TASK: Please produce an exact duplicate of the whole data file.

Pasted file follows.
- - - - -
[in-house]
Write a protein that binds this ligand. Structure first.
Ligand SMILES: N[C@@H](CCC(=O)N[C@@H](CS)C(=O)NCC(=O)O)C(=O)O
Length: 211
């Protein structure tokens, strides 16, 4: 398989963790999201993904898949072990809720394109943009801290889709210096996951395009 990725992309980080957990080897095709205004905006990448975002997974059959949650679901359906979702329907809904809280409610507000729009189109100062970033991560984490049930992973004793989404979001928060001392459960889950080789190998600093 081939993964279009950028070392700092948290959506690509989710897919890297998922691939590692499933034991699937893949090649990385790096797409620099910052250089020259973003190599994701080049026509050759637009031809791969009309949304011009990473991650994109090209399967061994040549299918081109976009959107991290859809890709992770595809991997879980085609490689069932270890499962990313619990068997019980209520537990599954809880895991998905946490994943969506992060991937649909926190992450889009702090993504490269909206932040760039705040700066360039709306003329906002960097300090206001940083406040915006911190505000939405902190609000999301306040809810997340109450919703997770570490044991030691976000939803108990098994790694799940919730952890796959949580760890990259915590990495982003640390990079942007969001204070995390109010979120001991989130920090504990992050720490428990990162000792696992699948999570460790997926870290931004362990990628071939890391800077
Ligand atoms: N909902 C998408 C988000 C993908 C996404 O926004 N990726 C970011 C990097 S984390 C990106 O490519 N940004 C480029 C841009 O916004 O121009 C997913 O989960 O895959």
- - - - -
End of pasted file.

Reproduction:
[in-house]
Write a protein that binds this ligand. Structure first.
Ligand SMILES: N[C@@H](CCC(=O)N[C@@H](CS)C(=O)NCC(=O)O)C(=O)O
Length: 211
């Protein structure tokens, strides 16, 4: 398989963790999201993904898949072990809720394109943009801290889709210096996951395009 990725992309980080957990080897095709205004905006990448975002997974059959949650679901359906979702329907809904809280409610507000729009189109100062970033991560984490049930992973004793989404979001928060001392459960889950080789190998600093 081939993964279009950028070392700092948290959506690509989710897919890297998922691939590692499933034991699937893949090649990385790096797409620099910052250089020259973003190599994701080049026509050759637009031809791969009309949304011009990473991650994109090209399967061994040549299918081109976009959107991290859809890709992770595809991997879980085609490689069932270890499962990313619990068997019980209520537990599954809880895991998905946490994943969506992060991937649909926190992450889009702090993504490269909206932040760039705040700066360039709306003329906002960097300090206001940083406040915006911190505000939405902190609000999301306040809810997340109450919703997770570490044991030691976000939803108990098994790694799940919730952890796959949580760890990259915590990495982003640390990079942007969001204070995390109010979120001991989130920090504990992050720490428990990162000792696992699948999570460790997926870290931004362990990628071939890391800077
Ligand atoms: N909902 C998408 C988000 C993908 C996404 O926004 N990726 C970011 C990097 S984390 C990106 O490519 N940004 C480029 C841009 O916004 O121009 C997913 O989960 O895959």